July 8, 2019

Processing the News on Ultra-Processed Foods

Strawberry yogurt, potato chips, fortified water, soda, frozen meals, cookies, infant formula and sliced wheat bread.

What do these products have in common? According to a public health movement that’s sweeping the globe, they are all “ultra-processed.”[i] Some public health nutrition advocates are using this terminology to judge a food or beverage’s impact on health – arguing that it’s the processing aids and methods (versus nutrient composition) contributing to obesity and disease. What exactly makes a food “ultra-processed?” It’s complicated –  certain processes or ingredients that can’t be found in your grandmother’s kitchen intended to enhance the palatability and acceptability of foods (like carbonation or added whey protein, for example) land many common and even nutritious foods in this category, making it difficult to determine what foods meet this definition.[i]

We’ll tell you everything you need to know about this emerging trend, from the new policy realities it’s creating to why the food and beverage sector may need to rethink its approach to product reformulation, innovation and corporate social responsibility efforts.[i],[ii]

How Did We Get Here?

The notion of ultra-processed foods originated in Brazil in 2009, when Dr. Carlos Monteiro, Professor of Nutrition and Public Health at the University of Sao Paulo, Brazil, created the NOVA system.[iii] NOVA defines ultra-processed foods as “cheap industrial sources of energy and nutrients, plus additives, using a series of processes.”[i] Five years later, Brazil’s dietary guidelines adopted this idea, encouraging Brazilians to “avoid ultra-processed foods.”[iv] Since then, other countries like Uruguay, Canada and France have followed Brazil’s lead, with more to come. [v],[vi],[vii],[viii] Dietary guidelines recommendations like these lead to restrictions around ultra-processed foods and beverages through front-of-package warning labels, marketing restrictions and other policies.1, [ix],[x] 

The science supporting recommendations to limit processed food consumption is still evolving and controversial. Studies in Brazil, Spain, New Zealand and the UK, largely observational in nature, have found associations between ultra-processed foods and obesity, metabolic syndrome, hypertension and cardiovascular disease.[i]  Very recently, the first randomized controlled trial on the subject was published by the U.S. National Institutes of Health (NIH)—it too found these foods may cause weight gain.[xi],[xii] Critics, however, have pointed out significant limitations in these studies, including small sample sizes, the inability to distinguish the effect of high caloric content versus that from processing, inconsistent definitions of processing and not controlling for affordability. Some contend the focus on processing is flawed because it fails to acknowledge the role processed foods can play to promote health and provide affordable, accessible and practical options.[xiii],[xiv]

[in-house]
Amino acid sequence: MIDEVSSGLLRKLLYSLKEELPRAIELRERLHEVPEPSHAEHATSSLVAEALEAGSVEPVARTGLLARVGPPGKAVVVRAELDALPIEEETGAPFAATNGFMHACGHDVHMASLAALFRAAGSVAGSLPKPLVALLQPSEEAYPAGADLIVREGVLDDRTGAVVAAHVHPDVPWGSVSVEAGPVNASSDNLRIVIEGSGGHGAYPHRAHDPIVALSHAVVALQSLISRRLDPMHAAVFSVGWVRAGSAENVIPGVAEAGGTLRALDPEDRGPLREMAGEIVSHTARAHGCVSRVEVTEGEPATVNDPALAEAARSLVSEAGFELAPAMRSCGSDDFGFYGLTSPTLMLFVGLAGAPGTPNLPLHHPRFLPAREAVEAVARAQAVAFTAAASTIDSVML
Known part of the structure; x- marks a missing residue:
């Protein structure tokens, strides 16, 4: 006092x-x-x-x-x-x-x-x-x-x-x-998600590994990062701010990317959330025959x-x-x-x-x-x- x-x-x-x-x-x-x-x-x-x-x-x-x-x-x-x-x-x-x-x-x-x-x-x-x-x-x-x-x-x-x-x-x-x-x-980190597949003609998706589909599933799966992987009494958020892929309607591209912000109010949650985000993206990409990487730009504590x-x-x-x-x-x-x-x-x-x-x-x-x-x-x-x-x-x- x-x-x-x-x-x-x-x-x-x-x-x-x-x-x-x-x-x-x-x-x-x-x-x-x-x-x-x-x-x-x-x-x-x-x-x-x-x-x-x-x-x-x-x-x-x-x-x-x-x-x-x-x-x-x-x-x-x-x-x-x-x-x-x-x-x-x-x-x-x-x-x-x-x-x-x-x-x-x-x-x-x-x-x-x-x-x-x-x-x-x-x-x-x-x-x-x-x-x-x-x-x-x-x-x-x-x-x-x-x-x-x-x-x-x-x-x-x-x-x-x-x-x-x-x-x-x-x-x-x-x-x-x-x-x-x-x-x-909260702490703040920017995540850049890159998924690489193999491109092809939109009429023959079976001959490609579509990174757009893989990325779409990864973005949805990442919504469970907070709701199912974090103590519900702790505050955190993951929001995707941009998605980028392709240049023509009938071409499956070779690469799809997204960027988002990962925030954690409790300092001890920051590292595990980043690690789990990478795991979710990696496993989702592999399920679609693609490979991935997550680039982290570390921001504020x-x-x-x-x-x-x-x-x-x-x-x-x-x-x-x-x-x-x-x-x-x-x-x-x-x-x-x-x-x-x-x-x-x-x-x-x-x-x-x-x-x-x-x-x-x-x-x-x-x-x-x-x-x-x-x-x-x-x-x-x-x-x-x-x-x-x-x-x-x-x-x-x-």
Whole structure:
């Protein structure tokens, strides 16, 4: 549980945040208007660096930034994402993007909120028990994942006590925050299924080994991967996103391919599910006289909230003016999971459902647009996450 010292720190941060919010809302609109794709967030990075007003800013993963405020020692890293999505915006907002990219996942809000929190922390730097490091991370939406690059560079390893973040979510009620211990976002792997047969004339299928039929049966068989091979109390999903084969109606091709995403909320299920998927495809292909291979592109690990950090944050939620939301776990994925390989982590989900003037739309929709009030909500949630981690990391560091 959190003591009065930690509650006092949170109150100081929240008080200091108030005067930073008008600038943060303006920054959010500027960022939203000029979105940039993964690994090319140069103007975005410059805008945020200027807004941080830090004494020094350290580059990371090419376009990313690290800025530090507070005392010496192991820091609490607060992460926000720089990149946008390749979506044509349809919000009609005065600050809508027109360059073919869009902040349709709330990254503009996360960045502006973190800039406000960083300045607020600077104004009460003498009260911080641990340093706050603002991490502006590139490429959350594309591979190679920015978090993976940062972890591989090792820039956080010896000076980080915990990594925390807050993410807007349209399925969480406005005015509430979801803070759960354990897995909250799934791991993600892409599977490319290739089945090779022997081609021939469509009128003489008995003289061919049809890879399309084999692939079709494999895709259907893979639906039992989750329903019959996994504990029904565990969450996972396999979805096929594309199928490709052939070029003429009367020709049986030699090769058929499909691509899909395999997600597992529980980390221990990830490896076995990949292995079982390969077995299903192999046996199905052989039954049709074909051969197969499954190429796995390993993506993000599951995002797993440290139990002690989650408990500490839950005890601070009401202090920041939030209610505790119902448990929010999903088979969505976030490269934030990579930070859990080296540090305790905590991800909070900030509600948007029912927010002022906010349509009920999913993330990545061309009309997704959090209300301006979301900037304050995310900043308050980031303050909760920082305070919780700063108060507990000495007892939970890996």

5 Potential Impacts on the Global Food & Beverage Marketplace

  1. “Ultra-processed” – but otherwise healthy – foods may be unfairly stigmatized, but today, consumer opinion is mixed. As food processing definitions gain ground, foods and beverages regarded as “ultra-processed,” but otherwise considered healthy – like wheat bread or peanut butter, by the U.S. Food and Drug Administration’s standards[xv],[xvi] – may be restricted or discouraged, potentially reducing consumer demand and sales. When we surveyed U.S. consumers in May 2019, most were unaware of the term “ultra-processed” and sentiment varied. Some consumers, males especially, perceived “ultra-processing” as a benefit. Intended behavior is also mixed – upon learning that a favorite food is “ultra-processed,” 39% of consumers reported they would reduce or completely stop eating that food while 34% wouldn’t change or would increase their consumption.[xvii]
    • Will public opinion on “ultra-processed” foods affect your brand? Develop communications strategies to educate consumers and key opinion leaders about processing and the role of processed foods in an overall healthy eating pattern.
  2. Dietary guidelines that incorporate recommendations to limit consumption of processed foods may inform policy actions. Even though processing is not always an indicator of nutrition, it has been incorporated into dietary guidance. For example, the Pan American Health Organization (PAHO), a regional office of the World Health Organization, integrates processing into food and nutrition criteria that countries may choose to rely upon when implementing food and nutrition policies. Based on this advice, Brazil is now considering a proposal that would require processed and ultra-processed foods to use on-package warning labels.[i],[xviii]
    • Does your company have a presence across global markets? Educate policymakers about the difference between processing and nutrition, and monitor and contribute to regional and global dietary guidance development to anticipate changes and inform business strategies.
  3. Industry nutrition strategies and reformulation targets may need to evolve. For some categories of foods and beverages, no amount of nutritional improvement (e.g., reducing sodium and sugar, adding calcium and fiber) will change a food’s processing categorization. For example, by NOVA’s definition, a sugar-sweetened beverage is considered an “ultra-processed” product, but a reformulated, sugar-free soda is also “ultra-processed” because of its use of low- and no-calorie sweeteners.[i]
    • Want to identify where to shift reformulation strategies? Conduct a portfolio audit to understand which products are currently defined as “ultra-processed” and what formulation or processing changes may shift its categorization, if any.